Covid-19 reader: 3 December
by Steve Brown
03 December 2021
Better evidence needed for government’s mandatory vaccination policy for health and care staff; a boost for the vaccination booster programme; and the current caseload as attention turns to the latest new variant. All in this week’s suggested reading.
Can the health and care sector deal with the consequences of compulsory vaccination?
House of Lords Secondary Legislation Scrutiny Committee, report
The government’s plan to make Covid vaccination compulsory for all health and social care staff has been criticised for being based on ‘superficial’ evidence and being poorly defined.
The House of Lords Secondary Legislation Scrutiny Committee, which has been examining the proposals, published a report this week highlighting a lack of detail on the impact the move would have on the health service.
The report found that the proposed legislation lacked practical detail about how key expressions such as ‘face-to-face’ would be applied. It also said that an explanatory memorandum from the Department of Health and Social Care was silent on what contingency plans were in place to cope with expected staff losses, which are expected to be particularly acute in London.
The report argues that the Department had failed to explain why the current level of vaccination in health and care workers (92%) is insufficient, whether a 100% vaccination rate is feasible, and why local action is not possible to deal with facilities falling below the 80% minimum staff vaccination rate recommended by the Scientific Advisory Group for Emergencies.
The Department’s original impact statement to support the proposal had highlighted some 208,000 unvaccinated workers in the sector. It anticipated just 54,000 (26%) additional staff being vaccinated as a result of the compulsory requirement, and 126,000 losing their jobs through non-compliance. The Lords point out that the figures provided by the Department are confusing, given that 46,000 staff are thought to be medically exempt, but they are unconvinced about the value delivered in any case.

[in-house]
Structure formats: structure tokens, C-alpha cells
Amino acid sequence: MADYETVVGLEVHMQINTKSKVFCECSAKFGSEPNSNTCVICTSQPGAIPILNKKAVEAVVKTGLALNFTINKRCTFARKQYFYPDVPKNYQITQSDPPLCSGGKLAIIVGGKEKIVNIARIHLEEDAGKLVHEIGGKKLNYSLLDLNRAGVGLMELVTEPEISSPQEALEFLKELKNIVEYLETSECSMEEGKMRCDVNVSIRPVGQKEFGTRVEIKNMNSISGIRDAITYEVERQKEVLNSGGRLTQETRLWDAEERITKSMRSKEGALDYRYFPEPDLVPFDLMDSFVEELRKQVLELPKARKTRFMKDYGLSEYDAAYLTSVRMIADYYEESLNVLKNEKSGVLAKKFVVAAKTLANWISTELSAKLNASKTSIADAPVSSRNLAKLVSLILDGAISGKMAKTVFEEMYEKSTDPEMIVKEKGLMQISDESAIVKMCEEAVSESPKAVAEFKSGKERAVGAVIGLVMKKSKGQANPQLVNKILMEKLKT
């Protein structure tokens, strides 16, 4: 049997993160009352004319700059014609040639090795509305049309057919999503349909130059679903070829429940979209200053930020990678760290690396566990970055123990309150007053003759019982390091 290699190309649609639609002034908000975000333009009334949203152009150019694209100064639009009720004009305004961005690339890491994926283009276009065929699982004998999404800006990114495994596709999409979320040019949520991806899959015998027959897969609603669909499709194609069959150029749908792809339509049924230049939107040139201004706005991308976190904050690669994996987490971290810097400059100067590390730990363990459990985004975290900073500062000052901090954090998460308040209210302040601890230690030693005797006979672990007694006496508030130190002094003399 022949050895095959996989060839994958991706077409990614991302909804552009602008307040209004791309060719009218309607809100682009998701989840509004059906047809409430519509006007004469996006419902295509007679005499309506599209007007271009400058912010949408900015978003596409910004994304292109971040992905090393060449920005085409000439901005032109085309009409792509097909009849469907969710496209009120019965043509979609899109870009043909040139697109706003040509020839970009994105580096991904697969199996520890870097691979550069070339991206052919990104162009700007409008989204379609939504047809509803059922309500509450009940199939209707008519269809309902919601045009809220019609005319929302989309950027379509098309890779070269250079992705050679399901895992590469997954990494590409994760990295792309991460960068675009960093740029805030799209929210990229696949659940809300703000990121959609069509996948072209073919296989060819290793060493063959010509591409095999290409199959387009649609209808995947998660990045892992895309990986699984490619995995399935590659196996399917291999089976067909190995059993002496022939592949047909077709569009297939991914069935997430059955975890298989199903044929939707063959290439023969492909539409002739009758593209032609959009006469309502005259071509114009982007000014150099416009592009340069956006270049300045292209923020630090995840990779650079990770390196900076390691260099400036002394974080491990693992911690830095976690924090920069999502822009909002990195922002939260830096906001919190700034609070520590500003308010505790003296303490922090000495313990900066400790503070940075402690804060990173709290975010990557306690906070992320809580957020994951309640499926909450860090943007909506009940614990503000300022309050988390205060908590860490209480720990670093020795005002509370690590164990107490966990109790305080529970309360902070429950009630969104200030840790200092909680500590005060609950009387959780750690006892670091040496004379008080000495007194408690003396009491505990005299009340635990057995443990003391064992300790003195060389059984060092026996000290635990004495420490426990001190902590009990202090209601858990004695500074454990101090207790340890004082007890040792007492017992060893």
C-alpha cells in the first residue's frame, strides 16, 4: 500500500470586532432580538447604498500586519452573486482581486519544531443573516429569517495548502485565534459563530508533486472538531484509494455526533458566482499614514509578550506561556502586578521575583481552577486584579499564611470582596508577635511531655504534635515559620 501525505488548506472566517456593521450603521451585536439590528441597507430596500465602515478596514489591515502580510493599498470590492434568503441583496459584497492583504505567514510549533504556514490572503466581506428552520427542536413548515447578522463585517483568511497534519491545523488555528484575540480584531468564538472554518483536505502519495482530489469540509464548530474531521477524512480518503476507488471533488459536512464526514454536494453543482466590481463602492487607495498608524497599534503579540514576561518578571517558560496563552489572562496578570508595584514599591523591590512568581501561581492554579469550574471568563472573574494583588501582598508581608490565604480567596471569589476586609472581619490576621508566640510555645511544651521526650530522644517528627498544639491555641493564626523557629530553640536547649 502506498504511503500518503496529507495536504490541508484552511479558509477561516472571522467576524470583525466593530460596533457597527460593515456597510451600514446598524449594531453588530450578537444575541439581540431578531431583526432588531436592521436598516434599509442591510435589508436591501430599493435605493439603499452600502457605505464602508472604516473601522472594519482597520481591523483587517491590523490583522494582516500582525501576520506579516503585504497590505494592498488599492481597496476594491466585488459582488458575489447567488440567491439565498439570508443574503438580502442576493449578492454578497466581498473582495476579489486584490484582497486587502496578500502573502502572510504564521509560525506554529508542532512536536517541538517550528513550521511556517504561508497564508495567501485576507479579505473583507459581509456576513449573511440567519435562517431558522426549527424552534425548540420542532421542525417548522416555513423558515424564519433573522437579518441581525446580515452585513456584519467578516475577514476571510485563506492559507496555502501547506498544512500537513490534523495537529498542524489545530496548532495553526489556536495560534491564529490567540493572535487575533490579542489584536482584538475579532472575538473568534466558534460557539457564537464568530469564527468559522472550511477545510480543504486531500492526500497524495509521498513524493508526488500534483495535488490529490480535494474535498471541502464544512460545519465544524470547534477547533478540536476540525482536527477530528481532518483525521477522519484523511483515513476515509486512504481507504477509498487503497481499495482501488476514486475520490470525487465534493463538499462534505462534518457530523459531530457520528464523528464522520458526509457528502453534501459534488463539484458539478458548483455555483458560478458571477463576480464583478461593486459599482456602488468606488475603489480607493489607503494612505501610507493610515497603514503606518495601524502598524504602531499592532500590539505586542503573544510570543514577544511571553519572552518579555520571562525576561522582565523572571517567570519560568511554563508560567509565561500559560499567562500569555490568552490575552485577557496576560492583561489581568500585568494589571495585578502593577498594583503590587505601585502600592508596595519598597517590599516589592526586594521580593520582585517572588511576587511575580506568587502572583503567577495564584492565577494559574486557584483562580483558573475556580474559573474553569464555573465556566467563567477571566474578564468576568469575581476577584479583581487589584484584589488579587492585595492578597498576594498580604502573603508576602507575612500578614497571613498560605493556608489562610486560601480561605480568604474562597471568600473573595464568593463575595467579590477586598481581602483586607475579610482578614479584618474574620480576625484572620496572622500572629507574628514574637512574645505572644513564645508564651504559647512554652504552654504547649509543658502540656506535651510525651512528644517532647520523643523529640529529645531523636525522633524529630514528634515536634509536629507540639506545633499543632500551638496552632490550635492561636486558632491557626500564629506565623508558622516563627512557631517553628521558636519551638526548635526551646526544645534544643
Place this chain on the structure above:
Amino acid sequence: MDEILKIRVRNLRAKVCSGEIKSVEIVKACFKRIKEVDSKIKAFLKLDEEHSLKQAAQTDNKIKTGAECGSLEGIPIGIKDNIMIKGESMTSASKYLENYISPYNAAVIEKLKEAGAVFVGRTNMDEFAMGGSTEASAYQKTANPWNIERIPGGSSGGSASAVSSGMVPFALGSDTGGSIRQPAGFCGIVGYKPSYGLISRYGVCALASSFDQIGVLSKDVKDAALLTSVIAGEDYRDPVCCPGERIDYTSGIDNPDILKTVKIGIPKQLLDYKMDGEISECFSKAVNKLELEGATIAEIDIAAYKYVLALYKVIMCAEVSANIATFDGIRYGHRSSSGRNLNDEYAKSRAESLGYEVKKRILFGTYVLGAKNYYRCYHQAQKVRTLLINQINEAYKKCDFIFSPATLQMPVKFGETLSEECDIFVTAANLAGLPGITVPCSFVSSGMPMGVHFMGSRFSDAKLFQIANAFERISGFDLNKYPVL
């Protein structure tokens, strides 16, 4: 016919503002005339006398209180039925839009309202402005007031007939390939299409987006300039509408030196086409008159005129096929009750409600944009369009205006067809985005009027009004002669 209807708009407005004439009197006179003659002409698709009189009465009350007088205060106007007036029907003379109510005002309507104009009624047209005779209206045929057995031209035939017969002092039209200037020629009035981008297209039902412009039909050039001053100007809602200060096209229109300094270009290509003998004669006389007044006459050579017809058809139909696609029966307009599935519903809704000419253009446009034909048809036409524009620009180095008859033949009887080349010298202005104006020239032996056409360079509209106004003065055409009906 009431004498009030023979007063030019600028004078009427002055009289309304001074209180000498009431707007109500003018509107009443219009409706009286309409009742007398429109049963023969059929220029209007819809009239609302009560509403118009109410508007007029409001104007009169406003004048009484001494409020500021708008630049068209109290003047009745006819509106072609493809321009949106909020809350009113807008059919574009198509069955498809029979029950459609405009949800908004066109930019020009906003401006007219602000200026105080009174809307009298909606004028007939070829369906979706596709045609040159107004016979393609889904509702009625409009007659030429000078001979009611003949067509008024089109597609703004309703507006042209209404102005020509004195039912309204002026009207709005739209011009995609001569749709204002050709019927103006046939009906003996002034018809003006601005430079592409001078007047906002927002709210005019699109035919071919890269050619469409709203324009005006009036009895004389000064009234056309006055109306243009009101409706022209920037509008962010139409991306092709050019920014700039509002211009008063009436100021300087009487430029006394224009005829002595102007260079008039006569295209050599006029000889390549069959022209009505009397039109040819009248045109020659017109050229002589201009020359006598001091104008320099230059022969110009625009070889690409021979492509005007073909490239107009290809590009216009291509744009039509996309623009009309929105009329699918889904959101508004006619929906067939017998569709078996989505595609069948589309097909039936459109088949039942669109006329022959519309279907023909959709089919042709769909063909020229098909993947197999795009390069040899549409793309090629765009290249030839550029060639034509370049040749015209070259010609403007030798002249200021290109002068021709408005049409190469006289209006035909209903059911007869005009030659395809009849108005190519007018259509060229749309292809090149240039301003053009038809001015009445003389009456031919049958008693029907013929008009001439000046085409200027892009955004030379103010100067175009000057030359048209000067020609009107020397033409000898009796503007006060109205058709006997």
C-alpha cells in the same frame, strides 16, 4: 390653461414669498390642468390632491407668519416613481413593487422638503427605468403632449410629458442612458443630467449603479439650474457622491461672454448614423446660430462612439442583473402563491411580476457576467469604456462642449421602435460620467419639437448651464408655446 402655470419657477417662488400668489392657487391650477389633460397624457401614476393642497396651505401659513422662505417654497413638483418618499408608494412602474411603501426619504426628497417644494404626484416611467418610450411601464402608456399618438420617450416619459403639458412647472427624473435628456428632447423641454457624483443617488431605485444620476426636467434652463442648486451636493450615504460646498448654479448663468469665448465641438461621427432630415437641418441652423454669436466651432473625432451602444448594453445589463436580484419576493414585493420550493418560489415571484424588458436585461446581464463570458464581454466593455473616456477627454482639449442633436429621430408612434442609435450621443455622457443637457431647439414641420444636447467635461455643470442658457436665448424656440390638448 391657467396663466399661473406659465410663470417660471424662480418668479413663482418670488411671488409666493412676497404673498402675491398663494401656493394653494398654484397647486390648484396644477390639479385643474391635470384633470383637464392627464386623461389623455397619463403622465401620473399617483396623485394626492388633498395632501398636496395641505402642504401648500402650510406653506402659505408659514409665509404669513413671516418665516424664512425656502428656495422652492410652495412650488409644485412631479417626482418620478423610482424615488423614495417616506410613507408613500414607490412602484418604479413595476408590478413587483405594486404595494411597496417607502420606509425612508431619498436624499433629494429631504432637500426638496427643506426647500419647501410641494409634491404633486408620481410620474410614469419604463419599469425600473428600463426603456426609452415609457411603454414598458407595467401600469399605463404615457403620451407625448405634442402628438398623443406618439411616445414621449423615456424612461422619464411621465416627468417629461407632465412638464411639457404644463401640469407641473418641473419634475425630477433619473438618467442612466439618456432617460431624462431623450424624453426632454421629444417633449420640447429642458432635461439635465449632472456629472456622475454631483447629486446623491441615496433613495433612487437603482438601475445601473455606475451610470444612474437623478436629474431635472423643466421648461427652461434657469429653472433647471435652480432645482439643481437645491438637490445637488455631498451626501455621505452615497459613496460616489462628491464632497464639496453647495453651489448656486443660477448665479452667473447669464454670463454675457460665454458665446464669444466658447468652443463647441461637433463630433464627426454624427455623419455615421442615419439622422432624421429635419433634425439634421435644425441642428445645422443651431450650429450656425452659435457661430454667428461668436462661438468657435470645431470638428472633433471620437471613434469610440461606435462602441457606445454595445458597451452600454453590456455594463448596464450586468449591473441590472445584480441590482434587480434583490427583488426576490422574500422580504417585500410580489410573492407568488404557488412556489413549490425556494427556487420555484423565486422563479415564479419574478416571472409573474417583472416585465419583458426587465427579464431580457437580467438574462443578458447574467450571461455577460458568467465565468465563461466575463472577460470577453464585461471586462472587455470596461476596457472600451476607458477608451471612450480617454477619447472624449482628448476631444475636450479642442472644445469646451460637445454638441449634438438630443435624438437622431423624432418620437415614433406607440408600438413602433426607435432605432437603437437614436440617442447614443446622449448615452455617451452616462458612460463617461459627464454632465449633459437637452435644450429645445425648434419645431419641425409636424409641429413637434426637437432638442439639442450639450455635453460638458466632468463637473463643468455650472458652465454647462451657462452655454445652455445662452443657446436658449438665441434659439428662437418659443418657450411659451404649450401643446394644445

‘This seems a disproportionately small gain for legislation that is anticipated to cause £270m in additional costs and major disruption to the health and care provision at the end of the grace period,’ they said. ‘The House may expect to be provided with some very strong evidence to support this policy choice and the Department of Health and Social Care has signally failed to do so.’
The £270m is the estimate for the cost of recruitment and training to replace unvaccinated staff. But the impact statement had acknowledged that the effective capacity of the labour market to respond to this change is unknown. And the Lords were concerned about how the loss of capacity could be absorbed.
UK booster vaccines backed by study
The Lancet, report
A study looking into the effectiveness of Covid-19 booster doses has found that all seven vaccines tested raised immunity against the coronavirus.
The University of Southampton-led research – the first to look into how well booster jabs work – looked at vaccines by AstraZeneca, Novavax, Pfizer/BioNTech, Valneva, Janssen, Moderna and Curevac, although the latter was withdrawn from further clinical development in October 2021.